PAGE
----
Transport of pollutants to polar regions
Pollutants are transported to polar regions in the atmosphere and by ocean currents, and also by rivers and ice in the Arctic. These are the most important means of transport, but pollutants carried by animals which move between the polar areas may also have some significance.
Atmospheric transport is the most rapid means of transport for the majority of pollutants carried to the polar regions. The sources of the pollution in the Arctic are largely in Europe, North America and Asia.
Ongoing climate change results in changes in the weather systems such as wind direction, precipitation and temperature. These, in turn, may affect the ocean currents and fluvial runoff which, themselves, influence the atmospheric transport of pollutants to the Arctic.
The properties of ocean currents as modes of transport shift with changes in temperature, which influence their ability to take up compounds. Input by rivers may also be altered as a consequence of the ongoing changes in the climate. Modelling has demonstrated that a possible outcome is that the discharge in the Yenisei, Lena and Mackenzie rivers will increase and that in the Ob will decrease. This, in turn, will have consequences for the importance of these rivers as modes of transport for pollutants.
Norwegian Polar Institute research on pollutants acquires knowledge which enhances our understanding of pollution, its sources and its biological effects in the European Arctic. An important task for the institute's scientists is to map the occurrence of new pollutants in arctic food chains as a contribution to the Stockholm Convention, for example.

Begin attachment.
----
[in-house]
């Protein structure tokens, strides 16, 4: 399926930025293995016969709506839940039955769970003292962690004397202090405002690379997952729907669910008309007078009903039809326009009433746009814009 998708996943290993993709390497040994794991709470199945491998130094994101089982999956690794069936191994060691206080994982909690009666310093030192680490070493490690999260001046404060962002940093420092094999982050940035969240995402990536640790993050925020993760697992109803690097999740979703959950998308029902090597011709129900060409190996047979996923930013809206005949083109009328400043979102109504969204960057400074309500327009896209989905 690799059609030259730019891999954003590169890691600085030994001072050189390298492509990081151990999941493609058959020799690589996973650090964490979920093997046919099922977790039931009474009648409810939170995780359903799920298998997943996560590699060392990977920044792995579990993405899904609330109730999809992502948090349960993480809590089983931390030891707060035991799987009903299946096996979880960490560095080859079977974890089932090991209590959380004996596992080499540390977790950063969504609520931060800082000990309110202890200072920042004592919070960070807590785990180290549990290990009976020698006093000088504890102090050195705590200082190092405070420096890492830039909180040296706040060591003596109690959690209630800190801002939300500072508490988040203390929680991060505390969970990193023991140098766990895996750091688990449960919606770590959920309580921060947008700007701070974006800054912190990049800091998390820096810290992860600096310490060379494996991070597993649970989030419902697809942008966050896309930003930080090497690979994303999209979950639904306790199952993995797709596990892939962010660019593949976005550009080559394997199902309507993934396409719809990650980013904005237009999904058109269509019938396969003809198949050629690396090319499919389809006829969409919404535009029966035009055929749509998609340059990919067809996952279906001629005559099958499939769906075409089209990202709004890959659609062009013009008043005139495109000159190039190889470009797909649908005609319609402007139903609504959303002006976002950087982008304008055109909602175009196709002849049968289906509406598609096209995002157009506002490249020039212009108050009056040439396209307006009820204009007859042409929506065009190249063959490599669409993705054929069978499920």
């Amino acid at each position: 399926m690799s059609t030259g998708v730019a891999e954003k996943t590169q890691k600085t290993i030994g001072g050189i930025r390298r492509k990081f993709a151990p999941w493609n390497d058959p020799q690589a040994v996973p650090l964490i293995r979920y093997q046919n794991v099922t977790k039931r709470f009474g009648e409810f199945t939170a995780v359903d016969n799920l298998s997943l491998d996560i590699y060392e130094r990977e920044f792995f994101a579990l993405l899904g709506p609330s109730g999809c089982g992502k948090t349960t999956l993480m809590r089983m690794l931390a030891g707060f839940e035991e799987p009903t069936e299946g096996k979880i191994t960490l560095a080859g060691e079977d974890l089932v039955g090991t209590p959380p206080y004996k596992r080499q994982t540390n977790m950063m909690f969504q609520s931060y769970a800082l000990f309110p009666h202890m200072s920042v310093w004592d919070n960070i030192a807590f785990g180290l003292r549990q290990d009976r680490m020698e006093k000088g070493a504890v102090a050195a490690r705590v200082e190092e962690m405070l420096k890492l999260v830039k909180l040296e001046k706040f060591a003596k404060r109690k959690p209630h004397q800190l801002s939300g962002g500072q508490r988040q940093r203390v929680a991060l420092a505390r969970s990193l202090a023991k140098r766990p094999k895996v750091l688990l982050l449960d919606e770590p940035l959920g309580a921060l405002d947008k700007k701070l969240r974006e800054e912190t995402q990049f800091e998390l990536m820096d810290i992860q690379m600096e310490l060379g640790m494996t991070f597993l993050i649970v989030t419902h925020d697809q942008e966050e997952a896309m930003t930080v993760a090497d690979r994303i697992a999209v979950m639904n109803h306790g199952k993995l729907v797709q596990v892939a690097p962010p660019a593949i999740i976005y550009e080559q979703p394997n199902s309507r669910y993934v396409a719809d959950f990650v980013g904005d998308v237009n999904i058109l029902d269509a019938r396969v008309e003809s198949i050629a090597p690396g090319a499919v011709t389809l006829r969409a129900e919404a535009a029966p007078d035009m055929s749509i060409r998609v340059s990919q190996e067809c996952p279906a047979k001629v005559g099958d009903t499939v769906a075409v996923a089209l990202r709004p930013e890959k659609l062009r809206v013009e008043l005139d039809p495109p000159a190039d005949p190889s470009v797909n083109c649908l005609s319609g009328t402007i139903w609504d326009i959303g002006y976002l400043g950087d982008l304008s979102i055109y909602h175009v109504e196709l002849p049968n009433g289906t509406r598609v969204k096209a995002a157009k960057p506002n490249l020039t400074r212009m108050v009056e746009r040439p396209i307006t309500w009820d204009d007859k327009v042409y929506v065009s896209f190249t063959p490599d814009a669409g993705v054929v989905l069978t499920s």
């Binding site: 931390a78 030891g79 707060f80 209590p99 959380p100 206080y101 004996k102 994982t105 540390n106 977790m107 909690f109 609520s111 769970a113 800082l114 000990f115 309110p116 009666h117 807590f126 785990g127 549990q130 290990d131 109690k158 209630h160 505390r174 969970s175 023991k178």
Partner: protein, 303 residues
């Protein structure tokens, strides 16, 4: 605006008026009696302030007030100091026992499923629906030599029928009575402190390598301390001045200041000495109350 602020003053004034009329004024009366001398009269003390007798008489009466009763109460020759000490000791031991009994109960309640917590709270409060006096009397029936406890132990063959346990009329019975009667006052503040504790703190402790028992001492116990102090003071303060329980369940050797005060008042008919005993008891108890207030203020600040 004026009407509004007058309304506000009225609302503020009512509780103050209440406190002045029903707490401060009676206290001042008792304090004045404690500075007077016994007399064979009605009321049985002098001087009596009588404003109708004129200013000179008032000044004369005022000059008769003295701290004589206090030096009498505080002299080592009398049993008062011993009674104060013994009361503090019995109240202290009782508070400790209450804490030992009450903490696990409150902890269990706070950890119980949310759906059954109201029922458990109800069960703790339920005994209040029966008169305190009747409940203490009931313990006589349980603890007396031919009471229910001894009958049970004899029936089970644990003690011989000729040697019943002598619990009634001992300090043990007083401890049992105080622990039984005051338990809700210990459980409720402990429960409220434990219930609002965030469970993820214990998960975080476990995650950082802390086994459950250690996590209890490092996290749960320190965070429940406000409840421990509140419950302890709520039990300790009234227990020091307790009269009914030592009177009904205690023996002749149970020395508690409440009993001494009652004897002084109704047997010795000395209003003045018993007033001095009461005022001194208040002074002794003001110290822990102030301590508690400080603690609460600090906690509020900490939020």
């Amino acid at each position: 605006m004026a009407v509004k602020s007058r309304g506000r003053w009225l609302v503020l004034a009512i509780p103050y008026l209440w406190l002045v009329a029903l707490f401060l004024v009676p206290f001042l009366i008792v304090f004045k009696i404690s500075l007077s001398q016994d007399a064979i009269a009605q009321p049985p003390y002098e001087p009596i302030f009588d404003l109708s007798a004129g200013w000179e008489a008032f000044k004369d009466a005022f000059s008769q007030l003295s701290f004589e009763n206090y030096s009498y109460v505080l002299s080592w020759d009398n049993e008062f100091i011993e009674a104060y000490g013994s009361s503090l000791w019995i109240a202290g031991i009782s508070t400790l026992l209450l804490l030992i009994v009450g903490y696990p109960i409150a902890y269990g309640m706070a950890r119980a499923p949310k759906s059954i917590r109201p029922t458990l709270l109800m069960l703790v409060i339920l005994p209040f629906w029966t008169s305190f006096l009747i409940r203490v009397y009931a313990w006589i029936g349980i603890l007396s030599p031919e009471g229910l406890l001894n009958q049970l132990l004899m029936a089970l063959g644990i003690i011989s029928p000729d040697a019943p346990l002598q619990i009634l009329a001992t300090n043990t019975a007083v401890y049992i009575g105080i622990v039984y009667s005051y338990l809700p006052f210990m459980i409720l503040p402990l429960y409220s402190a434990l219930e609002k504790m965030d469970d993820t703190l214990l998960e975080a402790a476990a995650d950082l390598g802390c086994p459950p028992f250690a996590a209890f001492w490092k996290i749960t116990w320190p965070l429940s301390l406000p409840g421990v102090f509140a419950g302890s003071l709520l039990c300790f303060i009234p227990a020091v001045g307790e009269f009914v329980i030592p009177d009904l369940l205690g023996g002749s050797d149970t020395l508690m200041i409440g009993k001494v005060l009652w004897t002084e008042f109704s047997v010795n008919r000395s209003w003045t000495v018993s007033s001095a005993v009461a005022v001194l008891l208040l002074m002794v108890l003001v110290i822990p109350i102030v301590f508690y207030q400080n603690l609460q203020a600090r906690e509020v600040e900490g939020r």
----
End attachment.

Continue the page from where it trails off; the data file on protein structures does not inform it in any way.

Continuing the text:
Latest articles on pollutants
Master thesis project on arctic ecotoxicology – Pollutant effects in walruses
The Norwegian Polar Institute and UiT The Arctic University of Norway are looking for a student to a master thesis project that will examine contaminant related health effects in walruses from Svalbard. Walrus samples will be analyzed for pollutants, hormone levels and immunological responses. In addition they will be analyzed for mRNA expression of genes related to hormone disruption and immune suppression.
International prohibition of the pesticide endosulfan
In early May the Parties to the Stockholm Convention agreed to ban use of the pesticide endosulfan. This pesticide has highly detrimental effects not only on human health but also in the environment, where it persists and can be transported over long distances.
Pesticides in Svalbard snow
Scientists at the Norwegian Polar Institute and the University Centre in Svalbard (UNIS) have investigated the amount of pesticides in the snow in Svalbard. Read about their findings here.